When the Gales of November Came Early
I’ve driven across the Upper Peninsula of Michigan in the dead of winter with they skies so clear I swear you could reach out the window and touch the stars. But you don’t because it’s cold, like cold you can’t even imagine. I’m used to cold, but the high dry cold of the mountains, or the wide open blizzard cold of Dakota. No, the cold of Superior is different. It never really goes away, even in the high warmth of summer, you know it’s there just waiting for you to let your guard down.
I have been canoeing in the Boundary Waters of Minnesota several times, out of Ely and Grand Marais, but it took me until last year to spend any time in the City of Duluth at the head of shipping on Lake Superior. I am a boy of the plains and this lake may as well be the Atlantic Ocean for all I know or care. Lake Superior is the largest of the five Great Lakes—I never remember that, it always seems like Lake Michigan ought to be the largest—in fact the largest fresh water lake in the world. Canada’s Ontario province guards the north shore while Minnesota and Michigan share the south shore with a wee small bit of Wisconsin between them. Minnesota and Michigan’s territorial waters touch just enough so I can consider these two states I’ve lived in adjacent, connected if you will. Connected by my pioneer relatives who moved between the two places. Connected by the North, the woods, fish, moose and cold, cold water. The French fur traders called it le lac supérieur, as it sits above and beyond all else in this part of our world.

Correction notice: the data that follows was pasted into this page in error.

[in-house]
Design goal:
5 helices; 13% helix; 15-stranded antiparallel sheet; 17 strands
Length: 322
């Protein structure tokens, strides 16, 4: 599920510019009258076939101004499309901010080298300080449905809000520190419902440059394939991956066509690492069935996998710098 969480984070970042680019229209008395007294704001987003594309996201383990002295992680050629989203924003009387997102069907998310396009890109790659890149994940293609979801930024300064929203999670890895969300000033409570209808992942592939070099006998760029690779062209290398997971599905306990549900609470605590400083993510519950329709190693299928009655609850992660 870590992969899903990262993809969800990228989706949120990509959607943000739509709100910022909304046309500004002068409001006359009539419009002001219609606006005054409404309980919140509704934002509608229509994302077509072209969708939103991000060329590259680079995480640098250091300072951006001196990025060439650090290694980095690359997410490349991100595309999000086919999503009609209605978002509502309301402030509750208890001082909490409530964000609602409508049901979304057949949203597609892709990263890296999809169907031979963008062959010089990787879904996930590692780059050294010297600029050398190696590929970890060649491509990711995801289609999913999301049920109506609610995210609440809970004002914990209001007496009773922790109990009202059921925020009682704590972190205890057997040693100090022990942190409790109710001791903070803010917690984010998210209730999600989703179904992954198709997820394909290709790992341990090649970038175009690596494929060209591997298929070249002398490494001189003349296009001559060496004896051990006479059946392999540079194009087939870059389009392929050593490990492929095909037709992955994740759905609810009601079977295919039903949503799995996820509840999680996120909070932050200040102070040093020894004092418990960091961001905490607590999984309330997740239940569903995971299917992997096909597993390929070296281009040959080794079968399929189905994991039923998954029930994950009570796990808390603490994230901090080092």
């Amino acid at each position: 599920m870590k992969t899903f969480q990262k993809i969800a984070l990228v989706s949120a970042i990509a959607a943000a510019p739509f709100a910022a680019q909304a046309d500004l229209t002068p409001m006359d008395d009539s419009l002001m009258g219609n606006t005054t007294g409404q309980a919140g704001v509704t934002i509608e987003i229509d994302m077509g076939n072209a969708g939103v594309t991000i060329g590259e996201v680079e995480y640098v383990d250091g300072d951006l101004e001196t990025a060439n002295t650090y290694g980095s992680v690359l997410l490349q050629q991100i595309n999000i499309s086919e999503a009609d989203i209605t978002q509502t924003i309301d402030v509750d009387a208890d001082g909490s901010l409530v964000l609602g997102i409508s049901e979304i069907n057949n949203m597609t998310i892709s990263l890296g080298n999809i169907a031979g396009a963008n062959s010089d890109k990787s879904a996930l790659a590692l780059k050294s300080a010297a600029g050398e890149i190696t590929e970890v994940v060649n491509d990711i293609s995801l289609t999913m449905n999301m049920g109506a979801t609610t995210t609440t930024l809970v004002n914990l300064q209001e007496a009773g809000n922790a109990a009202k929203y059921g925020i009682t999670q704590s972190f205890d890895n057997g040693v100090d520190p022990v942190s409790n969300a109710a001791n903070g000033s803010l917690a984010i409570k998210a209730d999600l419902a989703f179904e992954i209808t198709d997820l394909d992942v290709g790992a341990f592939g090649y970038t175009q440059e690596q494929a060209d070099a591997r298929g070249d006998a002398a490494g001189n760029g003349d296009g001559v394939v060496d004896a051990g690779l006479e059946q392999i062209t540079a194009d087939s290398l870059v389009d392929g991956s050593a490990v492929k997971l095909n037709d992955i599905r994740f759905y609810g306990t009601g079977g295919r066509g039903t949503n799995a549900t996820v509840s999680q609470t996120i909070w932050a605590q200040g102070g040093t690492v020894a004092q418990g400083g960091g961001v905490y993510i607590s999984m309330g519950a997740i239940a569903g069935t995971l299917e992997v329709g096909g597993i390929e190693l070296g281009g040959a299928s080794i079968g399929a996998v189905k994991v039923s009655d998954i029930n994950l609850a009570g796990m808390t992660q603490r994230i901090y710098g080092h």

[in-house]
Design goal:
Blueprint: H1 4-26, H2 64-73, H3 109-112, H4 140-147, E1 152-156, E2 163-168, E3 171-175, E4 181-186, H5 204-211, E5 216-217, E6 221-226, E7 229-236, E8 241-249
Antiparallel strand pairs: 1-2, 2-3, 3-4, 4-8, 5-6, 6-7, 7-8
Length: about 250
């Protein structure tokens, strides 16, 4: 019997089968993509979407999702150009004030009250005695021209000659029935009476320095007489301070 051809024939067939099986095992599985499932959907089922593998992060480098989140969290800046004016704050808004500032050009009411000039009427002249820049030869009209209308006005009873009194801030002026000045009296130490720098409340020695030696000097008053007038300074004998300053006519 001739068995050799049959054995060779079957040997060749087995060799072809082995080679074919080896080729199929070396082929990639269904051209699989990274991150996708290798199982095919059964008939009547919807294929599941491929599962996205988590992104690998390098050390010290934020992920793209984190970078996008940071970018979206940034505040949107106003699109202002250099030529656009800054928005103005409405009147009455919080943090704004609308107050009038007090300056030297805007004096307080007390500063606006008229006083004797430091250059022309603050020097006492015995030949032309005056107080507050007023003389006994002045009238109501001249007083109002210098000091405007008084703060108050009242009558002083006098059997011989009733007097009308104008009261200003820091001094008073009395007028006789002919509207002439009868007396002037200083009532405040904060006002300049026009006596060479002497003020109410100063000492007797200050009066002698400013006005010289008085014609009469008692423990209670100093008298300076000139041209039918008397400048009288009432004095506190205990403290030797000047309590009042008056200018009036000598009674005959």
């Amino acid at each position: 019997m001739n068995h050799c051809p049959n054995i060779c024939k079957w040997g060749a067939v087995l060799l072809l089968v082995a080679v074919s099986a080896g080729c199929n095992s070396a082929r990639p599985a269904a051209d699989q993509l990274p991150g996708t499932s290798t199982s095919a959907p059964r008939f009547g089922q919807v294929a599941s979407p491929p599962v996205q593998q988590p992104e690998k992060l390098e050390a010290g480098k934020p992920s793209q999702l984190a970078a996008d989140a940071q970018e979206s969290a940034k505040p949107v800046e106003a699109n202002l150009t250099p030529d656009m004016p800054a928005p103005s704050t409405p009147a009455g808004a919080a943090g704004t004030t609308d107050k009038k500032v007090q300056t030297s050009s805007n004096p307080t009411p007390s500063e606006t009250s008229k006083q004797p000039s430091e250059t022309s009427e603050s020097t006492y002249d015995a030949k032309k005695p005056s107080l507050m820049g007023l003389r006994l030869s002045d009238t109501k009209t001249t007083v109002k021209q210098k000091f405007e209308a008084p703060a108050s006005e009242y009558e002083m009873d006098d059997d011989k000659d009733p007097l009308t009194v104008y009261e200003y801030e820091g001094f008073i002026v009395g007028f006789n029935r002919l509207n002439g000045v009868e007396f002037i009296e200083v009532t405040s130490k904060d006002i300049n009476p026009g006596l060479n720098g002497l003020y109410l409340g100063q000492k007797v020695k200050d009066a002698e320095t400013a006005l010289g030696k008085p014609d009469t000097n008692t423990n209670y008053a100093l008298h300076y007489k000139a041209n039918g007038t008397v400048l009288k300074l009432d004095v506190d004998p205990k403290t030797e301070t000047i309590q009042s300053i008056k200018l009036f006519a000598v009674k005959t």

The SS Edmund Fitzgerald was the largest ship on the Great Lakes until 1971. On her fateful last trip in 1975, the Mighty Fitz went down with a full load of taconite in a large winter storm, 27km out of Whitefish Bay, Ontario. You’ve probably heard Gordon Lightfoot‘s song once or twice before. You can read more about the ship (with some good up-close pictures) at the Minnesota Historical Society website.
Lake Superior’s shores is not for the meek or the mild. It is a beautiful place that does not forgive or forget. In that beauty I think it is easier to enjoy, and certainly appreciate, those few warm days and weeks you get. A sunny day in November may be pass-a-day in Texas but up North we appreciate it, neh celebrate it. For we know just as easily that the gales of November do come early.